It can also mean leaders don’t support or encourage their workers to gain the skills and understanding they need to thrive in the digital economy — because if leaders don’t know which are important and valuable, they can’t cultivate them in their organisation.
If our leaders — whether in the public or private sectors — don’t have enough understanding of how digital technologies work, and how the world now works increasingly differently because of them, the UK will be unable to take advantage of the potential and mitigate the problems.
Why do our policy-makers need digital understanding?
As individuals, digital understanding can help each of us to have greater control and agency in our lives.
As a society it’s vital that our policy-makers and politicians have digital understanding, so they’re able to make reasoned decisions in the best interests of the public.
This Parliament will see significant legislation brought forward, in the new Data Protection Bill and the development of the proposed Digital Charter. These will have a potentially profound impact on the way our digital economy and society develop in the years ahead. It’s important that these are subject to informed and robust scrutiny, which will require our parliamentarians to be able to absorb and engage with the realities of the ways digital technologies work.
This approach shouldn’t be confined to overtly ‘digital’ policy. Every new piece of public policy — from agriculture to education, security to social care — is a policy which will be implemented for people who live their lives digitally.
What is Doteveryone doing?
While a lot of research has been conducted on digital skills, we know very little about how people in the UK feel about the internet: how it operates, what they can do on it, how they experience it — or even if it’s a choice for them to use it.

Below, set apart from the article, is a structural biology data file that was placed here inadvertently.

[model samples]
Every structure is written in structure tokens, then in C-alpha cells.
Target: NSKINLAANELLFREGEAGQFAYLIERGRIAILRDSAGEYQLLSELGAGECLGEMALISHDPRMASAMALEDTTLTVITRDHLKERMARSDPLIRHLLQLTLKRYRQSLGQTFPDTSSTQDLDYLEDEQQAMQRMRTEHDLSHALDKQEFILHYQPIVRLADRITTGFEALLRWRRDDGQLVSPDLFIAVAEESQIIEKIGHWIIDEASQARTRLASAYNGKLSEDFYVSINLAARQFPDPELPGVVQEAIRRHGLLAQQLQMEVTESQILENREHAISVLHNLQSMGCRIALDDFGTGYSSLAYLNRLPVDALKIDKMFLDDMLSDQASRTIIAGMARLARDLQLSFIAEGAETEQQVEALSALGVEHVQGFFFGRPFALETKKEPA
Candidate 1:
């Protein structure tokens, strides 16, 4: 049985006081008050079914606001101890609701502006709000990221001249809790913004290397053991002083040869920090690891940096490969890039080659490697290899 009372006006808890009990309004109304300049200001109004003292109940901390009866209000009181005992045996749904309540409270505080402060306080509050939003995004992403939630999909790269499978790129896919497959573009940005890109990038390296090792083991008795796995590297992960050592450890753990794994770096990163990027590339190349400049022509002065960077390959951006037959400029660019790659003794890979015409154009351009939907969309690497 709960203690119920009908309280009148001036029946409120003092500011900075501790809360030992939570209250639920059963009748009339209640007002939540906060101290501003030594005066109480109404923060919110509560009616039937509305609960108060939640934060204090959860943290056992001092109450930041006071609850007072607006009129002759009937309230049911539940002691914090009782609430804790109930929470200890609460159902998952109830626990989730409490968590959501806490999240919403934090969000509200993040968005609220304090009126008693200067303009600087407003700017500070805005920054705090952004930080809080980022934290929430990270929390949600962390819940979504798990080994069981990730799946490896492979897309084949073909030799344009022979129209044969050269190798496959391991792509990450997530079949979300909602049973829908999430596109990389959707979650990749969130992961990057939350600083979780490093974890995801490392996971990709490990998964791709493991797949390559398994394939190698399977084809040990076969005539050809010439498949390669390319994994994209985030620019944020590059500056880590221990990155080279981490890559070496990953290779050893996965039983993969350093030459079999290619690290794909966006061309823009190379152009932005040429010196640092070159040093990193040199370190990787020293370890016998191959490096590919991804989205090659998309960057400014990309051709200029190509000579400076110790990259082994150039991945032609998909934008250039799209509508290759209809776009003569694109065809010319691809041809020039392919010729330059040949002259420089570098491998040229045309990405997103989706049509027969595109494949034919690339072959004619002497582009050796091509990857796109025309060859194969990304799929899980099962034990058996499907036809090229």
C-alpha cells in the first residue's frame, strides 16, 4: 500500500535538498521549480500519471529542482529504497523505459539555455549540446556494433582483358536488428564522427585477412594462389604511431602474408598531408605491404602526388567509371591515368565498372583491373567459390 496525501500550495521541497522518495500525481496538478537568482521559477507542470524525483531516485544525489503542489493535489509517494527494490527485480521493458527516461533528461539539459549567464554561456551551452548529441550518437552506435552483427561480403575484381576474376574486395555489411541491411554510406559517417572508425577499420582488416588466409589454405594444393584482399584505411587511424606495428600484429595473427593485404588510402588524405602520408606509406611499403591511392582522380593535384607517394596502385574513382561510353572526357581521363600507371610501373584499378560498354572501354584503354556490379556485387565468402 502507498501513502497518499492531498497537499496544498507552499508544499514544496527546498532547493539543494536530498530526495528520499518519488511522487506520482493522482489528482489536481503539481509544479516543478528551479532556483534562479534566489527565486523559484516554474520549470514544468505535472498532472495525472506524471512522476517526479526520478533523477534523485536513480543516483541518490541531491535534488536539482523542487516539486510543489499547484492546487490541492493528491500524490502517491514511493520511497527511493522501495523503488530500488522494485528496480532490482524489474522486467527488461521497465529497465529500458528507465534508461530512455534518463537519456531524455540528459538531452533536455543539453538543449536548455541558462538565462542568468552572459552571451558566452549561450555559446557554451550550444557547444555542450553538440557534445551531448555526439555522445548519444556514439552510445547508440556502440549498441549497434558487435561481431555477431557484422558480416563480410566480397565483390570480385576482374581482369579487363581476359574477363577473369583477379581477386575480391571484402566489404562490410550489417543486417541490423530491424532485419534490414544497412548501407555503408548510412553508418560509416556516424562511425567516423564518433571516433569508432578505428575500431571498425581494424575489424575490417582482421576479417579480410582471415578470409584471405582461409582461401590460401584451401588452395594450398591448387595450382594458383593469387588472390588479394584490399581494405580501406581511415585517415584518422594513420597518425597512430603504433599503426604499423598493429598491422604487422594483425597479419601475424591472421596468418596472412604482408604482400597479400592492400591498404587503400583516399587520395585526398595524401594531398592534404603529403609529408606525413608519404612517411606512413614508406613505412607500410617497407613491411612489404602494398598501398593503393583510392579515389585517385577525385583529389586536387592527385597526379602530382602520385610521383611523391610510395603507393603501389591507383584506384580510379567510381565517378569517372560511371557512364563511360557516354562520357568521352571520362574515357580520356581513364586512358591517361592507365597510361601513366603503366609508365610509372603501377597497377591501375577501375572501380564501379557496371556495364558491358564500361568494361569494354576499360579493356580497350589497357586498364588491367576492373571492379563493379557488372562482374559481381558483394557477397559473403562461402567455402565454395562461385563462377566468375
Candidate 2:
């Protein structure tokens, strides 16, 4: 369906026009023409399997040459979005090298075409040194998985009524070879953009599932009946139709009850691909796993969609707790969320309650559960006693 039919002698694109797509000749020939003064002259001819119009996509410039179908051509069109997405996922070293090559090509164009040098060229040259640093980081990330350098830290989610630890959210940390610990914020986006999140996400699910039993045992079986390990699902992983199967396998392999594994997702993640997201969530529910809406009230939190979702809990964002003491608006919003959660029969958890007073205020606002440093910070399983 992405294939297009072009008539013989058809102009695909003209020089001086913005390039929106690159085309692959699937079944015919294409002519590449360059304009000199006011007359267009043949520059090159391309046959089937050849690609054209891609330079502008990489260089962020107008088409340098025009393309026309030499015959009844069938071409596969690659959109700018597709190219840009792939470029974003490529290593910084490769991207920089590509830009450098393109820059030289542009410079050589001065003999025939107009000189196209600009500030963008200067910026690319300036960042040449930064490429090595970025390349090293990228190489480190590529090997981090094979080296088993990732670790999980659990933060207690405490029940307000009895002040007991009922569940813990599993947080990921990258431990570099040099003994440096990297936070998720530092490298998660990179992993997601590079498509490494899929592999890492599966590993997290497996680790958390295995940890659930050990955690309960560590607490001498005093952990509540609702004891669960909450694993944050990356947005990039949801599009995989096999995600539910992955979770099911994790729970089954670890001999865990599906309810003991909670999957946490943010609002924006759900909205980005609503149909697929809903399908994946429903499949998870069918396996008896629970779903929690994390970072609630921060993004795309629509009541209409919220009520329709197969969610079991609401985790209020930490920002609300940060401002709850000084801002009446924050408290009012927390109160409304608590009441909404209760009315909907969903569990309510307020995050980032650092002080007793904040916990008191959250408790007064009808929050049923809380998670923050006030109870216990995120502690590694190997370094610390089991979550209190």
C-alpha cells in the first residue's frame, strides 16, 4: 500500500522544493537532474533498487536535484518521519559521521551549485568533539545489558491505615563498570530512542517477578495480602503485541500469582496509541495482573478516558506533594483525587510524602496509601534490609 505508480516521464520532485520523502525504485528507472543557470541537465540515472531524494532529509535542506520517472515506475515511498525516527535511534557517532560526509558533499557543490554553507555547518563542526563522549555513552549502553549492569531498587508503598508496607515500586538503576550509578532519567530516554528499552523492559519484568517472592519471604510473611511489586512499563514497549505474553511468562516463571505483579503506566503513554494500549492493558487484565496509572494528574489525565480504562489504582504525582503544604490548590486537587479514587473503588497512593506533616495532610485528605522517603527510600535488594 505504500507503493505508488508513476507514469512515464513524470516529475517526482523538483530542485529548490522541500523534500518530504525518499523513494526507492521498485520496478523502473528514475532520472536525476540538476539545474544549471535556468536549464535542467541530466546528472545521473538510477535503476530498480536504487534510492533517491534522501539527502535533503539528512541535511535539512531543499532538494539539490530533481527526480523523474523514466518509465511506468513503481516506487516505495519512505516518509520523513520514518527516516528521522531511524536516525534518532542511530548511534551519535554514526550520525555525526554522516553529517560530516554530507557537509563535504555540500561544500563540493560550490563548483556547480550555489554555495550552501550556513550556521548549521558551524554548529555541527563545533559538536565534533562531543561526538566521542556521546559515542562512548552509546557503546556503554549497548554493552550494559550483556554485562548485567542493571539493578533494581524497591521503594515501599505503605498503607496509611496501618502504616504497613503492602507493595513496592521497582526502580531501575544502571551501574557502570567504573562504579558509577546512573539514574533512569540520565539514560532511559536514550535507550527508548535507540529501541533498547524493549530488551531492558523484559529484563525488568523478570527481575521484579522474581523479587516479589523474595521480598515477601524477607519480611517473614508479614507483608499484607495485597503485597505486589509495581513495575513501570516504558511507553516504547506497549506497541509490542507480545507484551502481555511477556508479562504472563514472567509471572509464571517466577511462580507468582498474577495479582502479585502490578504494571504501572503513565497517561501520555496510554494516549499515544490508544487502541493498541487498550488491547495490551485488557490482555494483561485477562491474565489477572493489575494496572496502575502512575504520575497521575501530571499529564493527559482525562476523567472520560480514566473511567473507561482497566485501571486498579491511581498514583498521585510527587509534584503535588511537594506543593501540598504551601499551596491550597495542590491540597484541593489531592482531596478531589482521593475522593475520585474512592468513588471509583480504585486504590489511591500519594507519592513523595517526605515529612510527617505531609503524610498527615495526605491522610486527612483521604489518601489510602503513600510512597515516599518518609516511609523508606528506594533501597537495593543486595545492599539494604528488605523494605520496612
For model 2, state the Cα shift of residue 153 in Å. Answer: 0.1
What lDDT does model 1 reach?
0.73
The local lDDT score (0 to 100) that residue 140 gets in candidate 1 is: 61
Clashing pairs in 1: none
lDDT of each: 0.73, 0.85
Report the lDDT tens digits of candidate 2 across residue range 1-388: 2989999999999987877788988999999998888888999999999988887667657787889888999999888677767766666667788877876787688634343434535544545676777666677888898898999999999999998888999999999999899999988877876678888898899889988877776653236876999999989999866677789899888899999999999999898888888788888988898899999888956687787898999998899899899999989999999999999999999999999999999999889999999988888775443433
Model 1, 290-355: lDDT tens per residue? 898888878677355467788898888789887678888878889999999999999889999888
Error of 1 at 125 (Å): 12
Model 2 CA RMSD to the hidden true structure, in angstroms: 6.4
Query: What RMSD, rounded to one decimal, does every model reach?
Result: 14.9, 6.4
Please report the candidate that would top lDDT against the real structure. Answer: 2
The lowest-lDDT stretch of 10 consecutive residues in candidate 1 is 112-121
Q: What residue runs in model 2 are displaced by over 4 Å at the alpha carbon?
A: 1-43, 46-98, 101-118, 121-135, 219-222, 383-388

We as a society, and our policy-makers, need to gather a lot more information about the role of the internet in people’s lives, and about our understanding of it, if we are to make decisions in our best interests.
Doteveryone has begun creating a definition of digital understanding and how it affects our lives as individuals, consumers, workers and members of society.
We’ll soon be conducting a nationwide Digital Attitudes Survey to discover and capture thousands of perspectives on the internet and technology. We’ve already completed some work with focus groups in two UK locations, which revealed enthusiasm and positivity about the internet, but also unease and misinformation.
We’re building prototypes for tools which will help people understand the internet better, including working on an online site to help consumers understand the ethical pros and cons of different products and services.
We’re also exploring how a consumer mark for trustworthy tech could operate, which we’ll test with two cohorts of technology companies. We’ve also begun action learning sessions with key decision-makers to show how they can provide better digital leadership.